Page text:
A Product of Dumb Luck

When I arrived in my MBA program last October I had to spend a bit of time preparing my backstory. All my classmates are in their twenties and have yet to start their careers, whereas on some measures I’ve done quite well for myself already. I had to come up with a way to explain it without my coming across as a complete d-head. During a car trip to Bern with a fellow student, I emphasised the importance dumb luck played in me achieving a relatively comfortable standard of living, rather than my sheer brilliance.

First off, I chose my parents carefully and was born with above average intellect into a stable, middle class family. These two alone are the markers of probably around 80% of life outcomes, unless your parents smoke crack pipes in the living room (mine didn’t). I was fortunate enough that my dad earned enough money to send me to a school which, for all its faults, got me the grades to get into a decent university. Secondly, I happened to stumble into the oil industry during the biggest boom it had ever seen, complete with skyrocketing salaries which were sustained for more than a decade. Sure, I made stuff happen by making a few smart decisions, working (when absolutely necessary), and taking opportunities when they arose, but without those two things I’d be nothing.

Thanks to my being a well-educated, white collar professional who enjoyed a lucrative career, most of my social circle is the same. From those who rode the oil boom with me, particularly those who got in early, most are millionaires (asset-wise) with multiple properties, international marriages, children in expensive private schools, and who enjoy luxury foreign family holidays at least once per year. Turning up at my school, I found this describes many of my professors, too. Often when I’m introduced to people in my social circle, I find them to be very intelligent, successful, and staggeringly rich by the standards of even the last generation.

The trouble is, I’ve detected a severe lack of self-awareness among what I can accurately describe as my social peers. It takes the form of a sneering, dismissive attitude towards anyone they deem “uneducated”, which means they hold views they disagree with. It appears to be the policy in my business school that lecturers make a random, disparaging remark about Trump once per session, without stopping for a single second to put themselves in the shoes of those who voted for him. If challenged to do so, they’re dismissed as uneducated racists who were manipulated by his fearmongering lies. Similarly, those who voted for Britain to leave the European Union are routinely insulted by phenomenally wealthy people in my social group who’ve done extraordinarily well from the status quo, and blithely assume anyone who hasn’t is stupid or lazy. Unfortunately, thanks to my membership of Facebook, I have to see this every day from people who really ought to – what’s that term? – check their privilege.

There is nothing uglier in a person than a lack of self-awareness, particularly an inability to appreciate that there by the grace of God go I. Yes, we all worked to get where we are, some of us damned hard, but sheer luck played a large part as well. Too many of my social peers are trapped in a self-delusional bubble which is, quite frankly, turning otherwise decent people into a-holes. A lengthy career in an international oil major, where sneering down your nose at the lower ranks is actively encouraged, can scarcely help with that. When I moved to France I gradually started mixing with people who weren’t oil industry professionals or expatriates, and nowadays my social circles are made up of many such people. Some of them earn less in a year than my oil industry colleagues spend on the education of a single child in the same period. I’ve noticed you don’t hear them airily dismiss whole swathes of society as readily as those in my more natural social circle. Indeed, they tend not to mention politics at all. These days, voting is a middle class hobby; for those lower down, nothing changes no matter who gets in. I have friends who express opinions which would make my other friends choke on their organic veggie burgers. I don’t necessarily agree with them, but given who they are and where they come from, I can see why they think that way.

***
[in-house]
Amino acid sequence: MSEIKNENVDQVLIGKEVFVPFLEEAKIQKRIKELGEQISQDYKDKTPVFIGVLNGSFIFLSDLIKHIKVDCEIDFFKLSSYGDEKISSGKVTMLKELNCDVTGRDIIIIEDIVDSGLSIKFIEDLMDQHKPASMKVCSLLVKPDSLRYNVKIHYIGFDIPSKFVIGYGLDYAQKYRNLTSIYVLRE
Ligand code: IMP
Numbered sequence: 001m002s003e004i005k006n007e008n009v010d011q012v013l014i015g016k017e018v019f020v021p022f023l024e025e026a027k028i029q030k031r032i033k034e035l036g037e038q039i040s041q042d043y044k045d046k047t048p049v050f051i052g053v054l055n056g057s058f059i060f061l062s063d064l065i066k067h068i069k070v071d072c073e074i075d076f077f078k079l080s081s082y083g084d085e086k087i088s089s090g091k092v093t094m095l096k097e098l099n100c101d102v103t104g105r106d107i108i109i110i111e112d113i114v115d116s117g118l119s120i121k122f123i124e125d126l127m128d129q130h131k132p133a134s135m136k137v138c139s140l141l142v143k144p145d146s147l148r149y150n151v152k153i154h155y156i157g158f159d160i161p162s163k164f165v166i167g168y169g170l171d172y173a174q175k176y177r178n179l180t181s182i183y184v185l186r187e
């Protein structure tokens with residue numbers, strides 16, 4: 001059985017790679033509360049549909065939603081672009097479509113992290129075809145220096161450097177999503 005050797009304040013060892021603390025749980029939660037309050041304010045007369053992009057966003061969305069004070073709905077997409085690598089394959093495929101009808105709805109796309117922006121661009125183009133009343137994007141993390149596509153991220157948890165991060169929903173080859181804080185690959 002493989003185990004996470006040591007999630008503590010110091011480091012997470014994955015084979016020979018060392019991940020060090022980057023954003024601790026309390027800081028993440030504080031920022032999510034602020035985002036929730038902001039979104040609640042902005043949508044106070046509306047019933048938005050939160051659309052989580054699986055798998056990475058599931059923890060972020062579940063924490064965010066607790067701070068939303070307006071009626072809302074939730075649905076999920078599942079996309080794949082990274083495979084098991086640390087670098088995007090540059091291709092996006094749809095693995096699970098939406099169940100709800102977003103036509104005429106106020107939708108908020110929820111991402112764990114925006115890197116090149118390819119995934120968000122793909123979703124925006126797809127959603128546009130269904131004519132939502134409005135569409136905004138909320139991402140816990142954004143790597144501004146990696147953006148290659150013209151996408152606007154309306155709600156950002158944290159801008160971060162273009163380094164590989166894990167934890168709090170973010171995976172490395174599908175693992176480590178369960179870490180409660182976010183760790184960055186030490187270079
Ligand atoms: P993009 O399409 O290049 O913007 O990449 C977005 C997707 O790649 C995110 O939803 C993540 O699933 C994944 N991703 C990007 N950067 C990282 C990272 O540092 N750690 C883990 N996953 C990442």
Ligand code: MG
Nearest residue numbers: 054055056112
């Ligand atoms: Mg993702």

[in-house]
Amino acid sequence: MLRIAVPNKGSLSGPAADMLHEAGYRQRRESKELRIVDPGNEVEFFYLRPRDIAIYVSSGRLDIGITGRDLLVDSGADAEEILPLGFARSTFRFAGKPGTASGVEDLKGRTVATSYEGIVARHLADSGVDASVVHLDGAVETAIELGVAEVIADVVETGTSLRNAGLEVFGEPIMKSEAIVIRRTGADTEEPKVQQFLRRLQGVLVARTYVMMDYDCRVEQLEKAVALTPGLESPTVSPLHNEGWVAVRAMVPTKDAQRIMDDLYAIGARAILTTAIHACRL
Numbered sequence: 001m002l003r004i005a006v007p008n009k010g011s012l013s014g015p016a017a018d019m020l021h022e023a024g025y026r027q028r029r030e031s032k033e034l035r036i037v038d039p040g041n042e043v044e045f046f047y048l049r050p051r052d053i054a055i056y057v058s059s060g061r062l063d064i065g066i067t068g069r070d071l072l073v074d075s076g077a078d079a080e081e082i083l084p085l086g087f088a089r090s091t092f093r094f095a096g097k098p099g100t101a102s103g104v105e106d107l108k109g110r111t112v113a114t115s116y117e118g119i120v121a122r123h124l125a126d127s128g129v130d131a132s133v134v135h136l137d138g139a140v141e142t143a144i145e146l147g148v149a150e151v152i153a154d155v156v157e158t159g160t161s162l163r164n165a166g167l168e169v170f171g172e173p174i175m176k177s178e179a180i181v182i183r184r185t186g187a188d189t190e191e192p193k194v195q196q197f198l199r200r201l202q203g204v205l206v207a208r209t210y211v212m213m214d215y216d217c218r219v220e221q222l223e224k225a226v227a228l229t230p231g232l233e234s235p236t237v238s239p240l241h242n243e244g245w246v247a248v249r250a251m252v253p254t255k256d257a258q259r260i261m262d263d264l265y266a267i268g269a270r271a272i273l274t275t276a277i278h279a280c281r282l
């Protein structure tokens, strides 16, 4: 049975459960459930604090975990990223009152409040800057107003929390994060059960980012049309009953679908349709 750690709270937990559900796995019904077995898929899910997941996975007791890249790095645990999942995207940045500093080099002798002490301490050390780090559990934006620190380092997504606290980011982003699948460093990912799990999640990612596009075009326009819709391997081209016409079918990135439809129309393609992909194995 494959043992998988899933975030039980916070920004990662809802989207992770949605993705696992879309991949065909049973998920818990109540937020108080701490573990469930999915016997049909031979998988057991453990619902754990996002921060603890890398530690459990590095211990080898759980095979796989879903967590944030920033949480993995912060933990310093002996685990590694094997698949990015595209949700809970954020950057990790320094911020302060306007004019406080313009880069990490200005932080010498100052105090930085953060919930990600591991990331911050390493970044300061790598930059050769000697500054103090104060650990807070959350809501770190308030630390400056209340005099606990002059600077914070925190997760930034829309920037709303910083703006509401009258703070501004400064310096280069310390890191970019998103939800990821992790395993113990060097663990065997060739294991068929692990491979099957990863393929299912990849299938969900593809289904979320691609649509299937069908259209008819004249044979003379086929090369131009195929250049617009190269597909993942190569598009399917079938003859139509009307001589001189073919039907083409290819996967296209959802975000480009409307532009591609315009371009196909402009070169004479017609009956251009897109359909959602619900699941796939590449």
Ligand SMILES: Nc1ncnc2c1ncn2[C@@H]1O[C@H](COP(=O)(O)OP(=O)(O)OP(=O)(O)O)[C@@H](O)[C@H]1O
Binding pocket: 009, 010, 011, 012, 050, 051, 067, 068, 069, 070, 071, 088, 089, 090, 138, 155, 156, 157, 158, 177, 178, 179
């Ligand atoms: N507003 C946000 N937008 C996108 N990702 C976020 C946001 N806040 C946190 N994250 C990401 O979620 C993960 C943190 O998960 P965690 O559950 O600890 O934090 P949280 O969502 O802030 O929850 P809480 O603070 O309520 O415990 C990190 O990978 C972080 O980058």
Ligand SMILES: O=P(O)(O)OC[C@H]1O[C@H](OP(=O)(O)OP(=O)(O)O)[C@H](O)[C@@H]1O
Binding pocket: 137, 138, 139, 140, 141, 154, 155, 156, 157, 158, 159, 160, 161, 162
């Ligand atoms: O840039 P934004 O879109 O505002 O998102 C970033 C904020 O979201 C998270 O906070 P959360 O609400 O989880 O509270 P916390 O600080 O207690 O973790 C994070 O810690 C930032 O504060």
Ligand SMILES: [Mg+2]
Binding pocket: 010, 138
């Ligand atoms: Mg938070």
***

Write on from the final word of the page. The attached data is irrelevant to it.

I’ll wrap this up by saying I have a good friend who has done very well for himself as an international banker, and is very well-educated and wealthy by any standards. But he remains extremely down to earth, and can rub along with anyone. Why? A child immigrant, he grew up in his parents’ restaurant in the (almost) Deep South. As he put it:

“If you’ve grown up scrubbing pots in a kitchen full of Mexicans, it’s hard to get too far ahead of yourself.”

Indeed. I didn’t have a hard life, and most difficulties were self-inflicted out of pure masochism. I got lucky. If I didn’t make the effort, I might not know how the other side live. I’m glad I did, and I do. I wish more of my peers did.

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51 thoughts on “A Product of Dumb Luck

  1. @ Pat
    “On diversity. If an organisation has a common purpose (win the war, produce a better aeroplane, sell stuff cheaper, whatever) then diversity of experience will help it achieve that purpose. Without the common purpose diversity is of no use, and will prevent the formation of a common purpose.”
    Very profound sir & thankyou. I will ponder long on that. Indeed, it may be key to understanding much.

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